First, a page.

Co-op power proves out in reliable, efficient pasta production

Dakota Growers makes a large variety of pasta shapes including penne and spaghetti.

The Dakota Growers Pasta processing plant is Northern Plains Electric Cooperative’s largest member, using about 3.5 million kilowatt-hours per month. Seth Syverson, Northern Plains Electric general manager, says Dakota Growers “is an important part of both the community and the cooperative.” Northern Plains Electric is a Basin Electric Class C member headquartered in Carrington, North Dakota.

“Virtually every department that’s a step in the process is consuming electricity at some level, but it’s concentrated in grain handling, milling, and production,” says Jason Jarrett, Dakota Growers plant manager.

Northern Plains Electric has been a good partner in ensuring power is reliable at the plant, Jarrett says. “We’ve enjoyed a high level of reliability over the 28 years this plant has been in operation,” he says. “There are five transformers that feed power into the building, so we’ve got some redundancy. Northern Plains has done a good job at helping us be able to reroute power with switchgear that we put in with their help in the last 10 years. This switchgear helps route power if a transformer would fail, so we’re still able to keep much of the priority pieces of the facility running by calling them and asking them to reroute power as needed.”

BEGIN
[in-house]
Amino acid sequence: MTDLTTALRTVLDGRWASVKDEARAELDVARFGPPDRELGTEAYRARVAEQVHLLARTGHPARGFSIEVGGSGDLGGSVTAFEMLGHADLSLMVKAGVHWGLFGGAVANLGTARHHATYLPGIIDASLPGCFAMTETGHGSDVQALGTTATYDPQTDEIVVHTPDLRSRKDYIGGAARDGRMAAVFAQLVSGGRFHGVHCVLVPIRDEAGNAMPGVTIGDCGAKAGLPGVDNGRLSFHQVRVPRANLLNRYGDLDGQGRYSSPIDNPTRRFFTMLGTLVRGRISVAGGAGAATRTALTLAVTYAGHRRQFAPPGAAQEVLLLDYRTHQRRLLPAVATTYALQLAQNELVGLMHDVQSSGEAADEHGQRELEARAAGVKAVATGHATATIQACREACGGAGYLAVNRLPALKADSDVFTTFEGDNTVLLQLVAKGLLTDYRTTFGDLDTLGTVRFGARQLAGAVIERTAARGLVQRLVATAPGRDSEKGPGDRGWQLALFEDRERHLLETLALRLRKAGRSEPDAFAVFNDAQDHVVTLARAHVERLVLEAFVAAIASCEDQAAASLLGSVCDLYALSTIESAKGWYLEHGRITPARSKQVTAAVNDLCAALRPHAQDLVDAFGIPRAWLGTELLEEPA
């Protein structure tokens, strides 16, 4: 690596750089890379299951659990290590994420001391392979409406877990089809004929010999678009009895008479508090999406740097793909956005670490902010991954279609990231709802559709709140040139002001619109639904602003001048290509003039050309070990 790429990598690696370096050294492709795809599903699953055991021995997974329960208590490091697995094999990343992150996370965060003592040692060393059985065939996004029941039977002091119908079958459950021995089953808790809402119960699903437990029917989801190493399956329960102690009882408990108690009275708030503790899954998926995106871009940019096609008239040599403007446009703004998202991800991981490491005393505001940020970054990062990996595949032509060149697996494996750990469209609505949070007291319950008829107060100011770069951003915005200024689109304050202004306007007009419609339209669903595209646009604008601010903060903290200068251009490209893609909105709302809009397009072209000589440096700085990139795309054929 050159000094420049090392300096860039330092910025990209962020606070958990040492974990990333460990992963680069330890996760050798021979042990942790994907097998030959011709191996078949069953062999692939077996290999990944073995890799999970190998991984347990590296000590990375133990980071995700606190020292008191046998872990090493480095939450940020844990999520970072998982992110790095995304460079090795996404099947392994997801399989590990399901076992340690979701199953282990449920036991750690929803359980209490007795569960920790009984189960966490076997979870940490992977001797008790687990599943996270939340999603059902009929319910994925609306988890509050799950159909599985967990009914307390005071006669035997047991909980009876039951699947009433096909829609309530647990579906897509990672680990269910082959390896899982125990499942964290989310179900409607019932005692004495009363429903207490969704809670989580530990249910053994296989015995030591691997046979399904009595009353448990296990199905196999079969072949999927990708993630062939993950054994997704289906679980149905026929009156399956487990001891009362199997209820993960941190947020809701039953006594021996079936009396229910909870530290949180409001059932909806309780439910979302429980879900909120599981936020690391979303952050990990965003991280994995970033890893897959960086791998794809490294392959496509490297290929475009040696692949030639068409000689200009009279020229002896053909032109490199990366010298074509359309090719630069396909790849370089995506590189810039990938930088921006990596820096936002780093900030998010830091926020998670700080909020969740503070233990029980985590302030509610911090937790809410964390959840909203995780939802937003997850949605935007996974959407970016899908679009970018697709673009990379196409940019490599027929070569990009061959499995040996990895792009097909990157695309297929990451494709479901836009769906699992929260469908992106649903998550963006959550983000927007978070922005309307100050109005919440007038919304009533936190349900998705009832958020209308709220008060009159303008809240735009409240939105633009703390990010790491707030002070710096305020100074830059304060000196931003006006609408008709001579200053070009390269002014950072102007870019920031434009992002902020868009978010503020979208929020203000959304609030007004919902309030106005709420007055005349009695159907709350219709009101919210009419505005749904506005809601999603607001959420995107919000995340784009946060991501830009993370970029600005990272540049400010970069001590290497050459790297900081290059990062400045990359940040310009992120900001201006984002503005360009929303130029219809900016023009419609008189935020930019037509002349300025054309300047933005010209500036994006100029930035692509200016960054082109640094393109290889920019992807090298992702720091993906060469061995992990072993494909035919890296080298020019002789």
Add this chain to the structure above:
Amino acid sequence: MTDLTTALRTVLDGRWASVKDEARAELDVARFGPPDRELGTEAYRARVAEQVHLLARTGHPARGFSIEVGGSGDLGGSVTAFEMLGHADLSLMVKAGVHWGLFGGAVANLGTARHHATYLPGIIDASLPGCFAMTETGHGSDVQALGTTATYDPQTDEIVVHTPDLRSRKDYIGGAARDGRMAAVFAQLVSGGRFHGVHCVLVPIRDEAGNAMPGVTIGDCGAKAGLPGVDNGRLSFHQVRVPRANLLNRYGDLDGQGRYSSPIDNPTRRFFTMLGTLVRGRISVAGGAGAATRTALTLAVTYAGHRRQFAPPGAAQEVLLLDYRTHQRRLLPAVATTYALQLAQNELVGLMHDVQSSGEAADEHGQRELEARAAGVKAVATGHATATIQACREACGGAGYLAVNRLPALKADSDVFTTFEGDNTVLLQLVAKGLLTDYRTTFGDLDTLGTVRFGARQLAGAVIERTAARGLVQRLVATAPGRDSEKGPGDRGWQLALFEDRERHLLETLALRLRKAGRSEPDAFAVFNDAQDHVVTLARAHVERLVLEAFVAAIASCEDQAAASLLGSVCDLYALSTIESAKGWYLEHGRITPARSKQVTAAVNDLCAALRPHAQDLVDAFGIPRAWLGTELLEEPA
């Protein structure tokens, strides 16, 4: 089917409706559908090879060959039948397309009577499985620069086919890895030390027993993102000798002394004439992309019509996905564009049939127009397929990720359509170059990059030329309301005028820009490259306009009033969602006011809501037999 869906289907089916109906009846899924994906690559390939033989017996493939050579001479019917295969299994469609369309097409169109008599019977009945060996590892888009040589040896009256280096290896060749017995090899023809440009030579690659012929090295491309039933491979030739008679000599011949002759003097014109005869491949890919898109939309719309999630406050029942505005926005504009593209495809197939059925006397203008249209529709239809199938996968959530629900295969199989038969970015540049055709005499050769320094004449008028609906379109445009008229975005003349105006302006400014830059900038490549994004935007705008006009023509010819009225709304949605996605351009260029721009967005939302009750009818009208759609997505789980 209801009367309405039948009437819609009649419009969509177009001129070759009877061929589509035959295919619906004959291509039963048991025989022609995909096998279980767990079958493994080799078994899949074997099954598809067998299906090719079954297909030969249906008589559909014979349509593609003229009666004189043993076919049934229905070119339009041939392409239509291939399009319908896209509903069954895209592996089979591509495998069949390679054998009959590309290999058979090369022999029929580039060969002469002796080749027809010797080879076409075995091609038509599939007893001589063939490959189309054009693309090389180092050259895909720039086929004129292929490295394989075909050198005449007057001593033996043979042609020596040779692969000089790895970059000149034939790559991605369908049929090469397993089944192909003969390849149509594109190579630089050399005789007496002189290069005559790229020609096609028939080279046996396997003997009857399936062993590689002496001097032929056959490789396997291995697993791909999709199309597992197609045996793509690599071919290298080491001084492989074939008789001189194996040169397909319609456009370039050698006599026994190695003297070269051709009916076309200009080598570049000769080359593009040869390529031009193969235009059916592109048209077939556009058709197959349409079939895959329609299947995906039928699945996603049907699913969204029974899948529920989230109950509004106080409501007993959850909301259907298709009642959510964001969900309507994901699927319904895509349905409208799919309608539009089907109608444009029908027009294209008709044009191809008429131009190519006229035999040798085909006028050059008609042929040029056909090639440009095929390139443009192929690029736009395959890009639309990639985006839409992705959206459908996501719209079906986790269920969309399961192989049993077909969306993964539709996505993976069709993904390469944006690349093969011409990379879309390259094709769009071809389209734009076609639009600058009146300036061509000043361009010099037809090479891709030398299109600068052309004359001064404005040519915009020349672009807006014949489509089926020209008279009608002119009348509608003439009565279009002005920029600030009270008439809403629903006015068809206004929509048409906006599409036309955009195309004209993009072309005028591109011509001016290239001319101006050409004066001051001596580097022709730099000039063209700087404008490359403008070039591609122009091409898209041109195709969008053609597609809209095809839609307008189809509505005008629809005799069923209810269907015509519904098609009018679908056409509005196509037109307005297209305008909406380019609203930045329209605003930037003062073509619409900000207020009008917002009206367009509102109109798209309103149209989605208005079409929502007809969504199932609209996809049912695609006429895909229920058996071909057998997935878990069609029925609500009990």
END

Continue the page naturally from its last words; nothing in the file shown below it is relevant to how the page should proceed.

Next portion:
Dakota Growers’ two sister plants (in Minnesota and Virginia) don’t have the cooperative advantages the North Dakota plant does as a member of Northern Plains Electric: service and price.

“You don’t see that, normally, in manufacturing sites where you have that ability to work with your local provider,” he says. “And the price of our electricity is lowest at our plant here in North Dakota.”

Read more about Dakota Growers in the Fall 2021 issue of Basin Today magazine: Using their noodles: How Dakota Growers Pasta works with Northern Plains Electric

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